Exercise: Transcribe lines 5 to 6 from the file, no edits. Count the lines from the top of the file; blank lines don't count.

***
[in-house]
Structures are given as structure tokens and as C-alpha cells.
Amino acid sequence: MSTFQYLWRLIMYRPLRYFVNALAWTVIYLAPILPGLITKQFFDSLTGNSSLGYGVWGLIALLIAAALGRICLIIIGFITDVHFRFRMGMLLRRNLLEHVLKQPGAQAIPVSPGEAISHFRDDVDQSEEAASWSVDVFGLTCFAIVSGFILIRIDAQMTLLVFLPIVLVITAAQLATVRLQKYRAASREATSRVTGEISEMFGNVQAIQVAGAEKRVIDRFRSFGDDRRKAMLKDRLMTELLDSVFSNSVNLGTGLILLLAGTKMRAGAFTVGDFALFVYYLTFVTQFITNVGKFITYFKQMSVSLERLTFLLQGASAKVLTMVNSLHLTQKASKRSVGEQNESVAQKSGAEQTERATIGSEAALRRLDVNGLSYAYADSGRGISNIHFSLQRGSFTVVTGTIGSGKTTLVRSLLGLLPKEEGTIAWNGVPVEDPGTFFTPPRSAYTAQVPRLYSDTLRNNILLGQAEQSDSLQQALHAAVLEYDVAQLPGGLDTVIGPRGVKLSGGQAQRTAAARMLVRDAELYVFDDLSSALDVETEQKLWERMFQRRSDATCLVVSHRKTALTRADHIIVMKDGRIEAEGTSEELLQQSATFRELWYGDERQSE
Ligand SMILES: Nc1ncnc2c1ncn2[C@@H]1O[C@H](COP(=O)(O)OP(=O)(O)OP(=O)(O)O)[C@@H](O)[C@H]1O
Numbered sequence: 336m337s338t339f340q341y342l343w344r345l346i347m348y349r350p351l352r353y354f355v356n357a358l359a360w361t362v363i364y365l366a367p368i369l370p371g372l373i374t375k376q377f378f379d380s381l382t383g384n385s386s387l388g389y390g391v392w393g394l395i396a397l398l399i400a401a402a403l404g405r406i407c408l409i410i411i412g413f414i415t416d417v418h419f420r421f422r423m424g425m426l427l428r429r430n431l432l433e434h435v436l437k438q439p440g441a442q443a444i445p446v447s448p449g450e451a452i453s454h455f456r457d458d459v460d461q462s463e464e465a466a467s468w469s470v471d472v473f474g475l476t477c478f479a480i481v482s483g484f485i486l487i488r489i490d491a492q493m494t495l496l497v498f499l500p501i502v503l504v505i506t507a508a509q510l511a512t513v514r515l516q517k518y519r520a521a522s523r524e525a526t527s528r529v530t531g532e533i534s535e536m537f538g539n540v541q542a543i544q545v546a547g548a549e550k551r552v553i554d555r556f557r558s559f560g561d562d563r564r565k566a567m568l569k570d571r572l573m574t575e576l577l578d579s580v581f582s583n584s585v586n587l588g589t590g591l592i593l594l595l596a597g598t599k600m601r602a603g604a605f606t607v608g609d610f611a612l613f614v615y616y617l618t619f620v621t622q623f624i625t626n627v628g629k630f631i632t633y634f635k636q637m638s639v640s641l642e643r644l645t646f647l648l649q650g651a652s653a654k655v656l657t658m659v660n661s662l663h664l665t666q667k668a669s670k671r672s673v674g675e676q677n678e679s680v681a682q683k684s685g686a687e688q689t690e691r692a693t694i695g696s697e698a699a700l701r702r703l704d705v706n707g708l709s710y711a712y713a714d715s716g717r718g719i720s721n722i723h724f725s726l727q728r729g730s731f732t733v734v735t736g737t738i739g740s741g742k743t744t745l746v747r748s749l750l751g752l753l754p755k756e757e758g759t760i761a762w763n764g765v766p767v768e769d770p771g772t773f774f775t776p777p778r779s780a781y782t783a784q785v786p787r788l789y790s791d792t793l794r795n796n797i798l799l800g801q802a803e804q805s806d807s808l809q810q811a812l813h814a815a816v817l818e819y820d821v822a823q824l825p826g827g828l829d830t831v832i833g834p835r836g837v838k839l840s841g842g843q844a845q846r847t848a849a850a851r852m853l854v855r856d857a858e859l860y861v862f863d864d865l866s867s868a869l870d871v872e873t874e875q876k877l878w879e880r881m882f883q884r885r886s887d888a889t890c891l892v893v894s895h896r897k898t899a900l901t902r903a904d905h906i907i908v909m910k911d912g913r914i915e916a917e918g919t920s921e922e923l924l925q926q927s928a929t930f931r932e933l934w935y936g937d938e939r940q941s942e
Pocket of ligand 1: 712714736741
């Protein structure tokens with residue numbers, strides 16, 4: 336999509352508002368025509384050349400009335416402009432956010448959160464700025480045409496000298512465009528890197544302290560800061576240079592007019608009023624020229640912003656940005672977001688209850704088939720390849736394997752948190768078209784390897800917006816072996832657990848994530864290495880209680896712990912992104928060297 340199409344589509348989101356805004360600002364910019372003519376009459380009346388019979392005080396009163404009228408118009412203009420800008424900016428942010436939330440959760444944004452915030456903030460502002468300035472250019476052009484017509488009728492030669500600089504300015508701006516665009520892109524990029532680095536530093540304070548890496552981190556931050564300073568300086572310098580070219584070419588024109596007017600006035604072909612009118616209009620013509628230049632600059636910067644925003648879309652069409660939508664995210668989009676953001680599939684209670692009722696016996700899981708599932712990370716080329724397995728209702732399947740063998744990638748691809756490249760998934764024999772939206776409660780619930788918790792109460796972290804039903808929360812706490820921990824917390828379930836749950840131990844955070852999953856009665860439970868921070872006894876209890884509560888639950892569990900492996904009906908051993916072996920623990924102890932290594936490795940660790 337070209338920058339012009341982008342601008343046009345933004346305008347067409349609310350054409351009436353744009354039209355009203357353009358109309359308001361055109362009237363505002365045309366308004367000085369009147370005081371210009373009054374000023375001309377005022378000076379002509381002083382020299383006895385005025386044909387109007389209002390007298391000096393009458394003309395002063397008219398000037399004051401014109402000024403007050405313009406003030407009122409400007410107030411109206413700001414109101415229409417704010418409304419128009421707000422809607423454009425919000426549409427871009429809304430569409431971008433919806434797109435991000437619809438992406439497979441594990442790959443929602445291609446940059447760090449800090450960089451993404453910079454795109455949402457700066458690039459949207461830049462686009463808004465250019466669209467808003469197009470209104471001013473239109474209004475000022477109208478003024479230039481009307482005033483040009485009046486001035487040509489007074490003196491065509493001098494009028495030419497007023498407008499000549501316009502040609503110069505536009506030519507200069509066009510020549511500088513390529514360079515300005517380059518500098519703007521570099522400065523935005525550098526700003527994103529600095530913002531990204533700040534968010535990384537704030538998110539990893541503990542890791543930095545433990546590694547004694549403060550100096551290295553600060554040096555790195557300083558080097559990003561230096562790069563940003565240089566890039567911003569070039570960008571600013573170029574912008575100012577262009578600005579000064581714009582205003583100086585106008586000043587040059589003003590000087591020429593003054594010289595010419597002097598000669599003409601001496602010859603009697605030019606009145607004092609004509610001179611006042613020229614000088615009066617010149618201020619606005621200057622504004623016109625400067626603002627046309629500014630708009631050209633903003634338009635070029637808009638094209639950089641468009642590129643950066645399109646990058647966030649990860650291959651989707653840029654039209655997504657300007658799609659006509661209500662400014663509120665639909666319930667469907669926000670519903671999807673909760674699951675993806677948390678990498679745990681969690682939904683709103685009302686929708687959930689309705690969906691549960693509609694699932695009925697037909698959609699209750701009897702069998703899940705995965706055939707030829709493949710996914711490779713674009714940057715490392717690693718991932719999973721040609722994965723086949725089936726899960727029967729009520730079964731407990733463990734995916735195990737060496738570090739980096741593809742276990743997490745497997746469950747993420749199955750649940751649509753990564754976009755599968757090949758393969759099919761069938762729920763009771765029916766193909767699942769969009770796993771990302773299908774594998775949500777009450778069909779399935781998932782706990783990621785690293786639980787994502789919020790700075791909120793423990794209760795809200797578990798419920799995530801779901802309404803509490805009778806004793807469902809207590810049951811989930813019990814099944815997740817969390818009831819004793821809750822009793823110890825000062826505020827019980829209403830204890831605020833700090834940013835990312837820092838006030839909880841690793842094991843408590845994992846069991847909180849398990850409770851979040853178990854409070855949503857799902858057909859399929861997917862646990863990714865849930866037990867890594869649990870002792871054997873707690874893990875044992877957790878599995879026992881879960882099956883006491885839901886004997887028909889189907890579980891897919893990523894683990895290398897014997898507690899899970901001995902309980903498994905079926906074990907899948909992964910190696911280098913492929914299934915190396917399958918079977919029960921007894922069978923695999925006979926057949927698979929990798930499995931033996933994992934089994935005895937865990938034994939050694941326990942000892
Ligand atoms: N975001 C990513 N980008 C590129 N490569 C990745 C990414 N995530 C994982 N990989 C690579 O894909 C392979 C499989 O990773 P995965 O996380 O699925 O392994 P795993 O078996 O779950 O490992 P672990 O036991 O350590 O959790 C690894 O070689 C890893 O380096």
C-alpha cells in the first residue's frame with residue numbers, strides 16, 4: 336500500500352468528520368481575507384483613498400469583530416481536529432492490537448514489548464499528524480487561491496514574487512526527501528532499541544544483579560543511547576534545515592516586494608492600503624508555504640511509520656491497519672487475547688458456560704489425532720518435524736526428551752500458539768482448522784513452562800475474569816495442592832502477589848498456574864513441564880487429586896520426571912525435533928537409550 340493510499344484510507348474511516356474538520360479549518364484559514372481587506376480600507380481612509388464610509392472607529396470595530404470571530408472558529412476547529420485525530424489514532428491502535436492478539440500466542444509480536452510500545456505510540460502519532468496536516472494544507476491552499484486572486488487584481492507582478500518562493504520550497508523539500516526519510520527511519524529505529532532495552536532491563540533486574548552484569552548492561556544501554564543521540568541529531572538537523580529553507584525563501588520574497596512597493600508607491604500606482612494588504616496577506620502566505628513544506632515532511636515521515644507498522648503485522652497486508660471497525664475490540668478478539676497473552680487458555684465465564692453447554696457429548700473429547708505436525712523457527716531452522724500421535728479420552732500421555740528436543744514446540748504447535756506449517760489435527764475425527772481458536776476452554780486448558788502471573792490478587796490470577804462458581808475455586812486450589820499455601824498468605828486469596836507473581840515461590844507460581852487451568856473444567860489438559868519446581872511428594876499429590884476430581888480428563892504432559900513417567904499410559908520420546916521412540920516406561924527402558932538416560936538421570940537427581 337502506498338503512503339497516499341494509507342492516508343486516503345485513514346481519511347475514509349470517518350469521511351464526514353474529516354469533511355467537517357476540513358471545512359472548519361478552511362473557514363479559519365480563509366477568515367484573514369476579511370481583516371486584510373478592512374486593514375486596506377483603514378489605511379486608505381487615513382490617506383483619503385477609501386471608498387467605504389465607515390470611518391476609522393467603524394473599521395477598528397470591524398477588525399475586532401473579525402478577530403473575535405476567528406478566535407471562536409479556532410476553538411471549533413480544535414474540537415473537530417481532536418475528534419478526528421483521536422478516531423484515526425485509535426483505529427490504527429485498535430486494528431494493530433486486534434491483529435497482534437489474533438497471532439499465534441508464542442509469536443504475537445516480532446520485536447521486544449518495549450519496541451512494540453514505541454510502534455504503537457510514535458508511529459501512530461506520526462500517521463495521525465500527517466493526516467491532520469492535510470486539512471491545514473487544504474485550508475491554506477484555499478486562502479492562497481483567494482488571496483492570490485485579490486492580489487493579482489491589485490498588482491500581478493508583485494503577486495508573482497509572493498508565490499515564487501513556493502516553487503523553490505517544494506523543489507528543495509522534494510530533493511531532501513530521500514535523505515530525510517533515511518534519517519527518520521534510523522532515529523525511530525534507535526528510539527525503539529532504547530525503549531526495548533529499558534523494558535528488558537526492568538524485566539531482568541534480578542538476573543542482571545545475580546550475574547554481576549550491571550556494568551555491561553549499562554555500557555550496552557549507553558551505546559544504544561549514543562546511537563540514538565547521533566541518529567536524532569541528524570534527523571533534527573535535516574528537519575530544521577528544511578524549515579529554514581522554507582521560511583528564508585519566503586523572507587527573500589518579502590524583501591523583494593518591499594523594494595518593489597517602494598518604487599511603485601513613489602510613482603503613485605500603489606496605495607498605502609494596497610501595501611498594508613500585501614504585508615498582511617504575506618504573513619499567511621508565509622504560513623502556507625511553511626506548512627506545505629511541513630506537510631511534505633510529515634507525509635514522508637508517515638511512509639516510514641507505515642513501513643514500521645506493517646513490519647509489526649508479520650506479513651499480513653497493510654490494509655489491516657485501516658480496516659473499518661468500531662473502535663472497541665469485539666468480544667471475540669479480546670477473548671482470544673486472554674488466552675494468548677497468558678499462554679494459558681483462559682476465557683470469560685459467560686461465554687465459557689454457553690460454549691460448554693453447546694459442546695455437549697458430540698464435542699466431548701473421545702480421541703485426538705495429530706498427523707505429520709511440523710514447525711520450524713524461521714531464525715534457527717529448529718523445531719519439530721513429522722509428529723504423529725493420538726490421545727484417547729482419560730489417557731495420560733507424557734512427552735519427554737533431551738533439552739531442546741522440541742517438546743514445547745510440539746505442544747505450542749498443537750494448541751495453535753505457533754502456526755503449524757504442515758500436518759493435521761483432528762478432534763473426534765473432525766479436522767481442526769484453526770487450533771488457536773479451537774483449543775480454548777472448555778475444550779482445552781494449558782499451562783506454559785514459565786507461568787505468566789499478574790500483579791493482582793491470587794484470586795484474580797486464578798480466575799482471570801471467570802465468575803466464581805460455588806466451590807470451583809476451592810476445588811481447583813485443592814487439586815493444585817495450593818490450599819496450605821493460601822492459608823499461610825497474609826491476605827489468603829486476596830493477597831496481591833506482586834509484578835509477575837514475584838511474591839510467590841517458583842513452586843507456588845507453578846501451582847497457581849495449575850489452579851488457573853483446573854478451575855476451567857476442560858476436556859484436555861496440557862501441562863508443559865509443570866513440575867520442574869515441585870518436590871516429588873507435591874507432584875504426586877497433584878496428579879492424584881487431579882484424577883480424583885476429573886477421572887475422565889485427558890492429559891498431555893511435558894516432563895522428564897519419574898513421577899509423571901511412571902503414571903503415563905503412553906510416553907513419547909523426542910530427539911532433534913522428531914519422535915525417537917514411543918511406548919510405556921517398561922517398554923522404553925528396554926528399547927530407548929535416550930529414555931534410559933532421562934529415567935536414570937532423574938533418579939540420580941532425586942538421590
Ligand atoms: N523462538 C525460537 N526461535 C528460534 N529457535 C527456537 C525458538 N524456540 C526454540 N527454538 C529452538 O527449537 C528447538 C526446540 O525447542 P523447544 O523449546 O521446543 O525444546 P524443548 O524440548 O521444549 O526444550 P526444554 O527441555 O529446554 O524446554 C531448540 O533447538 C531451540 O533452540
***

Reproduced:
Numbered sequence: 336m337s338t339f340q341y342l343w344r345l346i347m348y349r350p351l352r353y354f355v356n357a358l359a360w361t362v363i364y365l366a367p368i369l370p371g372l373i374t375k376q377f378f379d380s381l382t383g384n385s386s387l388g389y390g391v392w393g394l395i396a397l398l399i400a401a402a403l404g405r406i407c408l409i410i411i412g413f414i415t416d417v418h419f420r421f422r423m424g425m426l427l428r429r430n431l432l433e434h435v436l437k438q439p440g441a442q443a444i445p446v447s448p449g450e451a452i453s454h455f456r457d458d459v460d461q462s463e464e465a466a467s468w469s470v471d472v473f474g475l476t477c478f479a480i481v482s483g484f485i486l487i488r489i490d491a492q493m494t495l496l497v498f499l500p501i502v503l504v505i506t507a508a509q510l511a512t513v514r515l516q517k518y519r520a521a522s523r524e525a526t527s528r529v530t531g532e533i534s535e536m537f538g539n540v541q542a543i544q545v546a547g548a549e550k551r552v553i554d555r556f557r558s559f560g561d562d563r564r565k566a567m568l569k570d571r572l573m574t575e576l577l578d579s580v581f582s583n584s585v586n587l588g589t590g591l592i593l594l595l596a597g598t599k600m601r602a603g604a605f606t607v608g609d610f611a612l613f614v615y616y617l618t619f620v621t622q623f624i625t626n627v628g629k630f631i632t633y634f635k636q637m638s639v640s641l642e643r644l645t646f647l648l649q650g651a652s653a654k655v656l657t658m659v660n661s662l663h664l665t666q667k668a669s670k671r672s673v674g675e676q677n678e679s680v681a682q683k684s685g686a687e688q689t690e691r692a693t694i695g696s697e698a699a700l701r702r703l704d705v706n707g708l709s710y711a712y713a714d715s716g717r718g719i720s721n722i723h724f725s726l727q728r729g730s731f732t733v734v735t736g737t738i739g740s741g742k743t744t745l746v747r748s749l750l751g752l753l754p755k756e757e758g759t760i761a762w763n764g765v766p767v768e769d770p771g772t773f774f775t776p777p778r779s780a781y782t783a784q785v786p787r788l789y790s791d792t793l794r795n796n797i798l799l800g801q802a803e804q805s806d807s808l809q810q811a812l813h814a815a816v817l818e819y820d821v822a823q824l825p826g827g828l829d830t831v832i833g834p835r836g837v838k839l840s841g842g843q844a845q846r847t848a849a850a851r852m853l854v855r856d857a858e859l860y861v862f863d864d865l866s867s868a869l870d871v872e873t874e875q876k877l878w879e880r881m882f883q884r885r886s887d888a889t890c891l892v893v894s895h896r897k898t899a900l901t902r903a904d905h906i907i908v909m910k911d912g913r914i915e916a917e918g919t920s921e922e923l924l925q926q927s928a929t930f931r932e933l934w935y936g937d938e939r940q941s942e
Pocket of ligand 1: 712714736741